• Sarita Chaudhary Research Scholar (Department of Education, Panjab University, Chandigarh)


Mindfulness, Meta-cognition, Meta-cognitive skill, meta-cognitive knowledge, Regulation of cognition, Meta-cognitive insight


Mindfulness is one of the best techniques for treating physical and psychological difficulties. Mindfulness means knowing what is happening while it is happening, no matter what it is. We can practice mindfulness in our everyday activities, such as walking, eating, writing, reading, cooking, washing the hands or dishes etc. Thich Nhat Hanh, a well-known Buddhist monk and author of several books on meditation, describes the practice of mindfulness as being aware of what one is doing while one is doing it. It is an attribute of consciousness long believed to promote well being by strengthening meta-cognitive skills and by changing schemas related to emotion, health and illness. Mindfulness involves the ability to notice and observe one’s own thoughts. A mindful individual maintains enough distance from his/her own thoughts to view them impartially, and this aspect of mindfulness makes it a meta-cognitive skill, involving cognition about cognition, which is the essential component of several skills like knowledge of cognition (meta-cognitive knowledge) and regulation of cognition. Mindfulness helps an individual to improve cognitive flexibility including meta-cognitive insight which refers to the development of greater intuitive understanding and awareness of one’s own thinking processes.


I. Bishop, S.R., Lau, M., Shapiro, S., Carlson, L., Shauna, S., Anderson, N. D., Carmody, J.,et al. (2004). Mindfulness: A proposed operational definition. Clinical Psychology: Science and Practice, 7(3), 230–241. Retrieved on October 28, 2012 from http://www.personal.kent.edu/~dfresco/ mindfulness/Bishop_et_al.pdf.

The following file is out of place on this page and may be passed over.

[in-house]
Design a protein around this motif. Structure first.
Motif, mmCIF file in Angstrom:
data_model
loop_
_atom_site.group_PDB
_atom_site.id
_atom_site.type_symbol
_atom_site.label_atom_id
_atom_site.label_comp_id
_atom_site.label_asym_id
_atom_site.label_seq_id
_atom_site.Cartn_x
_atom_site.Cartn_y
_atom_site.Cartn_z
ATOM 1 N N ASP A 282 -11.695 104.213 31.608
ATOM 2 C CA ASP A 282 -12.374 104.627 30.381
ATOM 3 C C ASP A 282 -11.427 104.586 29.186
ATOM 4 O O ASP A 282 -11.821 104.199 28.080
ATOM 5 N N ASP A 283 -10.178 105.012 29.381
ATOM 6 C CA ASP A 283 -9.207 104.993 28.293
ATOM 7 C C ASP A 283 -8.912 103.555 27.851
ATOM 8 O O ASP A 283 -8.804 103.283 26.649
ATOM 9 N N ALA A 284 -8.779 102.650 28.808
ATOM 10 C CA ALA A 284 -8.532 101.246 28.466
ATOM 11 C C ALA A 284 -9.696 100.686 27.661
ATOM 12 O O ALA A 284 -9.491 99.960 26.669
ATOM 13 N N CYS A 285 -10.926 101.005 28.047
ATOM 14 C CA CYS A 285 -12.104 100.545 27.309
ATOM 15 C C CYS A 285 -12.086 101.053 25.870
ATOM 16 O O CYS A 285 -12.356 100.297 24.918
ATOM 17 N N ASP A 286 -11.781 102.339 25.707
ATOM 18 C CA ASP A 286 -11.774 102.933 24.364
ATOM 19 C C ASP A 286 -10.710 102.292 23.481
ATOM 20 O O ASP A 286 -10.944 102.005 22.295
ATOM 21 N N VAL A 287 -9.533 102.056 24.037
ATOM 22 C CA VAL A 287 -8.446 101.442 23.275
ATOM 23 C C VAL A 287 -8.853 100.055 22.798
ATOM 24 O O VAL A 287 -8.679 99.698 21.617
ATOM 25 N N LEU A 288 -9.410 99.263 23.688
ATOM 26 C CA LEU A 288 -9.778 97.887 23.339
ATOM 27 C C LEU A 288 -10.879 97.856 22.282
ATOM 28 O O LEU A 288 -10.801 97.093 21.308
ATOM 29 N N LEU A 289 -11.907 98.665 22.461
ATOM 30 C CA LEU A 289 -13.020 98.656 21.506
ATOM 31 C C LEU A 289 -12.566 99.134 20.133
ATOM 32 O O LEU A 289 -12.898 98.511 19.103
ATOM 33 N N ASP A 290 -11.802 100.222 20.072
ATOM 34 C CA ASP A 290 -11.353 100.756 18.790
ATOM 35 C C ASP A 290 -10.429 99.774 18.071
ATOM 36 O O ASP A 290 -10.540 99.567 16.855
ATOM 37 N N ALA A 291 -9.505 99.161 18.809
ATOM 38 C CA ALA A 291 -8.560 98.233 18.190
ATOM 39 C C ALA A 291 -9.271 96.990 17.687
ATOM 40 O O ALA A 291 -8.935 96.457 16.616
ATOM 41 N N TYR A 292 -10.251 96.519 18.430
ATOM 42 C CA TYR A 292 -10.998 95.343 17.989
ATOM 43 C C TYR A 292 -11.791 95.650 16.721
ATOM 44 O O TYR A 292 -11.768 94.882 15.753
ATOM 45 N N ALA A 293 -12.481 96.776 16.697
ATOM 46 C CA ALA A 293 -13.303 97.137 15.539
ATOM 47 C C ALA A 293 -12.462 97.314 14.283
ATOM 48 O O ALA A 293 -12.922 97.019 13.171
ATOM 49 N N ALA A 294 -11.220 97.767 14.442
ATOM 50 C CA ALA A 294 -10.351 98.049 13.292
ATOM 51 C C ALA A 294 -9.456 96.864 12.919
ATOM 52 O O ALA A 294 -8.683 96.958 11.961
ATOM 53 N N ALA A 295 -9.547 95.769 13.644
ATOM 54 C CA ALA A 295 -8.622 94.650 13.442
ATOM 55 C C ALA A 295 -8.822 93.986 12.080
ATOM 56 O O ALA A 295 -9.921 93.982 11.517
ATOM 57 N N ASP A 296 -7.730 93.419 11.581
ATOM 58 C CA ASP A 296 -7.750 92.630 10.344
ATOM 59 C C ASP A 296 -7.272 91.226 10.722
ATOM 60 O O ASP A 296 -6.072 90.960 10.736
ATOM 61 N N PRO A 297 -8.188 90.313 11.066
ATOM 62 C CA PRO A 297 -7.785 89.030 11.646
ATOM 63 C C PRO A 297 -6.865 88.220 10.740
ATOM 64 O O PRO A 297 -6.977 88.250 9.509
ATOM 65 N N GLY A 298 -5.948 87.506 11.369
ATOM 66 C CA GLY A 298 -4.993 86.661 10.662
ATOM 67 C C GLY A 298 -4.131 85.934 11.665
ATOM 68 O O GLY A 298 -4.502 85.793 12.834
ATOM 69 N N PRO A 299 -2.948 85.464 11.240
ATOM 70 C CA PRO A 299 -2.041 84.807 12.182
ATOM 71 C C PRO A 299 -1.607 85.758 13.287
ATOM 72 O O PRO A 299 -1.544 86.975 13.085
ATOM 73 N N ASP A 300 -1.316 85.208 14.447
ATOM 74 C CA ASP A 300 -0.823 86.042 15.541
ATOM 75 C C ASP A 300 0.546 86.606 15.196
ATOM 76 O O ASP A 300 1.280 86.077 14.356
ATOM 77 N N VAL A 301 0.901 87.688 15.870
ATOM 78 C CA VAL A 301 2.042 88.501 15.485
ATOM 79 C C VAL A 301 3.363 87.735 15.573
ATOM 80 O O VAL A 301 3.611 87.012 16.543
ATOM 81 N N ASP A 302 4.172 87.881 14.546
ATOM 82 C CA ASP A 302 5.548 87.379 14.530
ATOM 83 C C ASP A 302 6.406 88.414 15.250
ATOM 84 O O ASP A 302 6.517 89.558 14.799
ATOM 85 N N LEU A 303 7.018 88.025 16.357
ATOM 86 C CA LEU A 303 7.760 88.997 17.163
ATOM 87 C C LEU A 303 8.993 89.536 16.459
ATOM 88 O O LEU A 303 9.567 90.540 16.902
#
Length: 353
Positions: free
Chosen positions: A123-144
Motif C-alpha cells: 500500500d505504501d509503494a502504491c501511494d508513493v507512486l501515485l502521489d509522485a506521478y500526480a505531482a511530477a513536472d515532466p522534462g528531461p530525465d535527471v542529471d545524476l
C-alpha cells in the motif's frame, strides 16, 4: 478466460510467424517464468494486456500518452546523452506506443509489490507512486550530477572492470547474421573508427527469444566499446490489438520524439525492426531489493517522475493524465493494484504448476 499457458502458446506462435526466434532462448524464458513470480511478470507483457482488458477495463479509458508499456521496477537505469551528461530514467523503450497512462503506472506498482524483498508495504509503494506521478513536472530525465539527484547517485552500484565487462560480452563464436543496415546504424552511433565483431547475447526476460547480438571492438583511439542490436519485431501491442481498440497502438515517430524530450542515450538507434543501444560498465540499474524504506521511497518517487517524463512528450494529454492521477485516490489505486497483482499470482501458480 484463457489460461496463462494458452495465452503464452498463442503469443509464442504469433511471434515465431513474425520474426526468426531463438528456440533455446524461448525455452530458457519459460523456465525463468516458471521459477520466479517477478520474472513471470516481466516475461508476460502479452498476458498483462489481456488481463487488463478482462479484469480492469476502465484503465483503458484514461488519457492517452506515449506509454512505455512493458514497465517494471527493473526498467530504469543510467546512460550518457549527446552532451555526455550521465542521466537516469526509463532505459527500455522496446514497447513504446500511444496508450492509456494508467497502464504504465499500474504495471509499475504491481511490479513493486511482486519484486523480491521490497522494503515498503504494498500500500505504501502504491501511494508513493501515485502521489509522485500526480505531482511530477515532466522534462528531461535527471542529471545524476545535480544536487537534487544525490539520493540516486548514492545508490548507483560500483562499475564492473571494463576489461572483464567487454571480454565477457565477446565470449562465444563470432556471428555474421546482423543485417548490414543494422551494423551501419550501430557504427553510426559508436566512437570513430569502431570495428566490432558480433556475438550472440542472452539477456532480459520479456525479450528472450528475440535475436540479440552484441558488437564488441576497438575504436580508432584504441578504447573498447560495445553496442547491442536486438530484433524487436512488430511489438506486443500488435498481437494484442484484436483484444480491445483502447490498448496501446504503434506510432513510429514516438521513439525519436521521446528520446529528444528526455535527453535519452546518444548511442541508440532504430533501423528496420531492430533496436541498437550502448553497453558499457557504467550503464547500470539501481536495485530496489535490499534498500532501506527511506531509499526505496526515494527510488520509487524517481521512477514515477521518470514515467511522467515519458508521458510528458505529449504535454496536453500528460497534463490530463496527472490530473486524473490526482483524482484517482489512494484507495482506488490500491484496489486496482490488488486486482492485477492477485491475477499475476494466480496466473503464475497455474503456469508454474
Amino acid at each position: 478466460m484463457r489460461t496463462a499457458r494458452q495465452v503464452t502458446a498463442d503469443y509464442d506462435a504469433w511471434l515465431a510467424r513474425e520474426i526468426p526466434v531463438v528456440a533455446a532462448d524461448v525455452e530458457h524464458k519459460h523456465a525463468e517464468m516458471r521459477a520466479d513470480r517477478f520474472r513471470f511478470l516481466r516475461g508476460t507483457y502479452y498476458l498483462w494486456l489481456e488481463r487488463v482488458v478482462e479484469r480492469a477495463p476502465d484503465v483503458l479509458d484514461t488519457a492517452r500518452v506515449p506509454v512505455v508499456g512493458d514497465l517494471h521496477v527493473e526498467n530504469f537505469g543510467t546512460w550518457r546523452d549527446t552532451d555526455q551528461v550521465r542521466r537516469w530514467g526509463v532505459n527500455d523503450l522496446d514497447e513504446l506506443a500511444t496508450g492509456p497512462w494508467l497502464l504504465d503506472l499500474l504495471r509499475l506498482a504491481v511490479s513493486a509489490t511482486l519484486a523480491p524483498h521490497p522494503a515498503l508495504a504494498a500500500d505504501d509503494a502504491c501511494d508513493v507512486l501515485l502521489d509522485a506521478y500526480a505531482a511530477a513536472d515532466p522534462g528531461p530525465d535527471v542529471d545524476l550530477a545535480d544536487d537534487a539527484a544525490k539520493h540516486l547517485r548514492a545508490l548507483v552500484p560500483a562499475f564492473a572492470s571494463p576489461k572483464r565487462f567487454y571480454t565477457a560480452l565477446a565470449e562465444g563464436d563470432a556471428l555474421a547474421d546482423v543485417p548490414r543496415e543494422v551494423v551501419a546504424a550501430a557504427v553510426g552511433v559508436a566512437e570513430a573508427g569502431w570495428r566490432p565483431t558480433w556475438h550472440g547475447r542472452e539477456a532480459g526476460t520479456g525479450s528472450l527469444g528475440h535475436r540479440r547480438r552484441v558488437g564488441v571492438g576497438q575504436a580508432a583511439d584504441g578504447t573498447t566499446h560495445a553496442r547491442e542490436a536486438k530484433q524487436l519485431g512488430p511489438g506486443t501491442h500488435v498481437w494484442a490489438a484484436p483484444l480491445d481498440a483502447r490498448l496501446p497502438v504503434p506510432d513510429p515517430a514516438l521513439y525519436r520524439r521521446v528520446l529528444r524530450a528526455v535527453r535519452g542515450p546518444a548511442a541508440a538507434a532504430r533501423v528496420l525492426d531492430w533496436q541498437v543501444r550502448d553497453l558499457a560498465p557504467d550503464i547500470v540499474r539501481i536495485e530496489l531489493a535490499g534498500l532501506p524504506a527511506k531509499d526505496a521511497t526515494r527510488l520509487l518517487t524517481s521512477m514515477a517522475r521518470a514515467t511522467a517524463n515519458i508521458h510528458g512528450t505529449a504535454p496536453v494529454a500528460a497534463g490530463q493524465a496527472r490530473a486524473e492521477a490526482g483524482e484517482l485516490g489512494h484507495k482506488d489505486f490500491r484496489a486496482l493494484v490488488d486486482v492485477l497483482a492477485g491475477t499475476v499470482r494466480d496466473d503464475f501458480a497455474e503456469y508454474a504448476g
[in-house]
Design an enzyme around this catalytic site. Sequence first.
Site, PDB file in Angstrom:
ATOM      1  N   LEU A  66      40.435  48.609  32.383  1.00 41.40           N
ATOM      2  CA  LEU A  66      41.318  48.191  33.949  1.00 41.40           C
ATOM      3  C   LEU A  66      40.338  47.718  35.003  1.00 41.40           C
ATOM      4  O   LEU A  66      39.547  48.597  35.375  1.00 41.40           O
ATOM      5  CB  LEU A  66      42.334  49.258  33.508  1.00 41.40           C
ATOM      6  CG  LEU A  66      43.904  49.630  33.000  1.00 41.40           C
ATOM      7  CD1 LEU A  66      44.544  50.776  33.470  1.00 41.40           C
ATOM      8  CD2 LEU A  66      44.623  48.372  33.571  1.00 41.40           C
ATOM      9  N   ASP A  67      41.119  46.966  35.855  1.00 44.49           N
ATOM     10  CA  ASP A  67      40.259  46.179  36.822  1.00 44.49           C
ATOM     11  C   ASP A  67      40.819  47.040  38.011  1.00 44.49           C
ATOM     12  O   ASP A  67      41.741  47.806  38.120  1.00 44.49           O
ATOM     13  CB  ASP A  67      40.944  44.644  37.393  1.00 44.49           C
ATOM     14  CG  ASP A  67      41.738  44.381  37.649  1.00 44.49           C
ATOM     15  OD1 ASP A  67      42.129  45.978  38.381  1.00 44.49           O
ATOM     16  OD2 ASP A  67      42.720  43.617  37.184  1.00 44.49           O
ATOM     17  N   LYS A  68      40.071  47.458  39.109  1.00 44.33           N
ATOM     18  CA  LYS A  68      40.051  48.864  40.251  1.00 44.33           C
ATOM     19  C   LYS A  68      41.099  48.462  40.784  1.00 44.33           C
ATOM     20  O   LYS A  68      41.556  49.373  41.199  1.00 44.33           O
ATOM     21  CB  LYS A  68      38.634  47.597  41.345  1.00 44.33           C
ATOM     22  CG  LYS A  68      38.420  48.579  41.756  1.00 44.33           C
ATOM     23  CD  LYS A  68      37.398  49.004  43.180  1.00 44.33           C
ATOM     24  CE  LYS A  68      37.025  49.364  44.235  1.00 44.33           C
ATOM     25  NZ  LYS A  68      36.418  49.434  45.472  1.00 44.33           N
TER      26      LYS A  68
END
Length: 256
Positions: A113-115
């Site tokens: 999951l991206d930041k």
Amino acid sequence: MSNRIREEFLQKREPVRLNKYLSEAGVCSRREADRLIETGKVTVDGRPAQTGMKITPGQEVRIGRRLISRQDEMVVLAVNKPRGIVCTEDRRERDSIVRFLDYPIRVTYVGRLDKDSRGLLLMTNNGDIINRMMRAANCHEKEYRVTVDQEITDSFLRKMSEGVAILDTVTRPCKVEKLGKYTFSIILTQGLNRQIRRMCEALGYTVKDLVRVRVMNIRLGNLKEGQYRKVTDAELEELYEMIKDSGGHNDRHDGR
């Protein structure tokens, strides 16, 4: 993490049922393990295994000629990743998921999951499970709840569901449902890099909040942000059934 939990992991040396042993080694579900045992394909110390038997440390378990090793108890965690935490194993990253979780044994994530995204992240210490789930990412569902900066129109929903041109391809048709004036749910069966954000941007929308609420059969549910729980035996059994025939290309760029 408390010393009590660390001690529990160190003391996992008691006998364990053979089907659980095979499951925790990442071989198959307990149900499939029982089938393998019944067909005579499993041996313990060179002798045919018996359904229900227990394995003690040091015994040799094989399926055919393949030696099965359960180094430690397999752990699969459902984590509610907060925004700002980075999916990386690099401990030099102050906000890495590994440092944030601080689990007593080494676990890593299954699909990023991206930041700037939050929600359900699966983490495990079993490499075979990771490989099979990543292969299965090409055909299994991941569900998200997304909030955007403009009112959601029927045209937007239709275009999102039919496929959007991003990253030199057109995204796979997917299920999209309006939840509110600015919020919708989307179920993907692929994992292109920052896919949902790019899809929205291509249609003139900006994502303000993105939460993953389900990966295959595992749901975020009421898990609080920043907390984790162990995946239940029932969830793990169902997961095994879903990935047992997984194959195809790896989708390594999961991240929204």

II. Brown, A. L. (1987). Metacognition, executive control, self-regulation, and other more mysterious mechanisms. In F. Weinert & R. Kluwe (Eds.), Metacognition, motivation and understanding (pp. 65–116). Hillsdale, NJ: Erlbaum.

III. Brown, K., & Ryan, R. (2003). The benefits of being present: Mindfulness and its role in psychological well-being. Journal of Personality and Social Psychology, 84(4), 822-848.

IV. Flavell, J. H. (1979). Metacognition and cognitive monitoring: A new area of cognitive-development inquiry. American Psychologist, 34(10), 906-911.

V. Garland, E. L. (2007). The meaning of mindfulness: A second-order cybernetics of stress, metacognition, and coping. Complementary Health Practice Review, 12(1), 15-30.

VI. Greater Good Science center (2014). What is mindfulness? Greater Good: The science of a meaningful life, University of California, Berkeley. Retrieved on October 26, 2014 from http://greatergood.berkeley.edu/topic/mindfulness/definition.

VII. Hanh, T.N. (1991). Peace is every step: The path of mindfulness in everyday life. New York: Bantam Books.

VIII. Helpguide.Org: A Trusted Non-Profit Resource (2014). Benefits of Mindfulness. Retrieved on October 26, 2014 from http://www.helpguide.org/harvard/benefits-of-mindfulness.htm.

IX. King, A. (1999). Transactive peer tutoring: Distributing cognition and metacognition. Educational Psychology Review, 10(1), 57-74.

X. Langer, E. (1993). A mindful education. Educational Psychologist, 28(1), 43-50.

XI. Lievesley, A. (2008). The impact of mindfulness practice on cognition and affective change in psychosis: A multiple baseline design. Empirical Paper. University of Southampton. Retrieved on July 4, 2012 from http://eprints.soton.ac.uk/161961/2.hasCoversheetVersion/Thesis_-_Alex_Lievesley.pdf.

XII. Oyan, S. (2006). Mindfulness meditation: Creative musical performance through awareness. Louisiana State University and Agricultural and Mechanical College. Retrieved on October 22, 2012 from http://etd.lsu.edu/docs/available/etd-03312006-164516/unrestricted/Oyan_dis.pdf.

XIII. Pressley, M., & McCormick, C. B. (1995). Advanced educational psychology: for educators, researchers, and policymakers. New York: Harper Collins College Publishers.

XIV. Schraw, G. (1998). Promoting general metacognitive awareness. Instructional Science, 26, 113–125.

XV. Thomas, D. C. (2006). Domain and development of cultural intelligence: The importance of mindfulness. Group &Organization Management, 31(1), 78-99.

XVI. Wikipedia (2012). Dyslexia. Retrieved on October 31, 2012 from http://en.wikipedia.org/wiki/Dyslexia.

Additional Files



How to Cite

Sarita Chaudhary. (2017). MINDFULNESS: A KEY TO IMPROVE METACOGNITIVE SKILLS. International Education and Research Journal (IERJ), 3(3). Retrieved from http://ierj.in/journal/index.php/ierj/article/view/706